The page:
I'm still confused how this is going to work for Northern Ireland.
It's lovely that she values the historical and familial ties between Britain and Ireland, but I still fail to see how the hell we are going to keep the CTA (Common Travel Area) working. Effectively, all that ever guaranteed was freedom of movement of people and labour.
Ireland and the UK recognise eachother's citizens as non-aliens. So, basically if you're Irish in the UK or British in Ireland, for all intents and purposes (including voting rights in parliamentary elections etc) you're treated as a local, in a way that goes far beyond EU rights.
They're not even required to produce ID - although, for practical security reasons in airports it happens.
However, on the land border between the two countries it's not even marked. It's as visible as the border between two counties in England and probably less marked than the England-Scotland border as we tend not to play it up. The only way you would realise you'd crossed is the road markings change from a white line on the edge of the road and (ironically) standard European type signs in UK (Northern Ireland) to an orange line at the outside of the road, US/Aussi/NZ style orange warning signs and km/h in the Republic and your mobile phone might alert you to roaming.
HOWEVER, that never applied to to the movement of goods, services or capital and that's where this lovely sentiment all falls apart. If the UK is not part of the single market or the customs union, we end up with a customs border which will be exactly the same, if not worse (as if the UK doesn't join the customs union) as the EU-Turkish border.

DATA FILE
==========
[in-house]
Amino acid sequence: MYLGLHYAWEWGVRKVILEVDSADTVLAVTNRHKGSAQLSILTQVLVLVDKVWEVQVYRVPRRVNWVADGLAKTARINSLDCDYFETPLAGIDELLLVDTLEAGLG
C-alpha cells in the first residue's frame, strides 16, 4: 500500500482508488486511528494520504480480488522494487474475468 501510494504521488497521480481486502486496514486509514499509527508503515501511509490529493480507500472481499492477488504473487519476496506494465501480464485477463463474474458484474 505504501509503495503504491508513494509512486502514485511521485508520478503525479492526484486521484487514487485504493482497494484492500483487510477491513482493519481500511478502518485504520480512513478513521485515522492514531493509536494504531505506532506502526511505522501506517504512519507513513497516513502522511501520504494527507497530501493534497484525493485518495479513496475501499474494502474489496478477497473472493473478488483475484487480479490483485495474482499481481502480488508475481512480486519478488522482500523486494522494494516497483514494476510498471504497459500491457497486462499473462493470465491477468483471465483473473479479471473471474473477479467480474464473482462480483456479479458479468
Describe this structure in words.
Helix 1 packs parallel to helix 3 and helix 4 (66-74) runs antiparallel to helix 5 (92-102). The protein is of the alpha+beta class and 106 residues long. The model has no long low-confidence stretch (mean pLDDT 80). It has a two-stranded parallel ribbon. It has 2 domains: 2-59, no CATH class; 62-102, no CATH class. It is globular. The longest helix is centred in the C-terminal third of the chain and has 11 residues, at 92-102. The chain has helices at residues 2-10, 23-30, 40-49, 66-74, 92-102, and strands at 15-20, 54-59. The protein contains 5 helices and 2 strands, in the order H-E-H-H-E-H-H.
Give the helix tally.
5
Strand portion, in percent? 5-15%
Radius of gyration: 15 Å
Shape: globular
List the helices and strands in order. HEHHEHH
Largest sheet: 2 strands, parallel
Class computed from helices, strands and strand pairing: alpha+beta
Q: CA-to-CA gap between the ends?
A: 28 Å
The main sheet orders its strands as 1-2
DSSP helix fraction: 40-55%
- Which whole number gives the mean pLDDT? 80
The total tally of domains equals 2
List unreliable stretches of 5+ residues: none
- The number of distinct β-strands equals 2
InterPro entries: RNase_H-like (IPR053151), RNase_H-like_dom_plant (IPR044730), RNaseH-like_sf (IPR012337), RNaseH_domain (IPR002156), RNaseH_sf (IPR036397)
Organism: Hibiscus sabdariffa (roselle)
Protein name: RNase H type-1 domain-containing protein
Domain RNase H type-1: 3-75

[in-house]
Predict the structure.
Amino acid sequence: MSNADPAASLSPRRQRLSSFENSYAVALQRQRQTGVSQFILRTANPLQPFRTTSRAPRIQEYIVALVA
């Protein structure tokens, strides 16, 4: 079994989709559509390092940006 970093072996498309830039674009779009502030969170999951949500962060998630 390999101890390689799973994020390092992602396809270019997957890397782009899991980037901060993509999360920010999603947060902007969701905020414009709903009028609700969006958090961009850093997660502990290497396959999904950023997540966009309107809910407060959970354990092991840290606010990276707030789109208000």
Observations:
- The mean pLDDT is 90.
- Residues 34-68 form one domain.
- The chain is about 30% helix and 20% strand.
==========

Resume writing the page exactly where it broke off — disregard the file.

While it means that your average Irish or British citizen can pass freely across the border, if you have a bag of shopping with you from the local supermarket you could be done for smuggling.
Also since the 1990s, Irish and Northern Irish economies and infrastructure have begun to become shared and deeply integrated. For example the electricity networks are owned and operated by the same companies, interlinked at various points at just regular transmission voltages and share common standards. The telecoms networks are largely intergrated in a very local way and have been for many decades - a local call is a local call. The Republic had agreed to fund road infrascture in the North where it facilitated interlinking regions like Donegal (extreme Northwest of Ireland in the Republic). There are loads of examples of this kind of thing.
Many, many businesses also just operate as if there's no border at all. So, everything from logistics to supermarkets, to agrifood, to you name it tend to operate on an all-island basis. Cutting Northern Ireland off from the Republic at this stage could be hugely damaging to the North probably more than the Republic as it's the smaller and less financially flush partner in the relationship. A lot of Northern SMEs are very dependent on having access to the rest of Ireland for trade. So, I would assume the UK is planning a sizable buffer fund while it readjusts its economy, to avoid it spinning into a depression?
There had also been growing integration of things like health services and you've various cross-border bodies that are effectively QANGOs for areas like tourism, food safety and so on.
You've also got a North-South Ministeral Body and the British-Irish Parliamentary Assembly, which is pretty unique in any EU context.
On top of that you've now got BVIS - British Irish Visa Scheme that allows mutual recognition of certain classes of business traveler visa so that citizens of China and India can travel to both countries on a single visa. It's a little like a mini-Schengen between the UK and Ireland.
How the hell is all that going to work after Brexit?! An awful lot of it is predicated on both countries being EU members.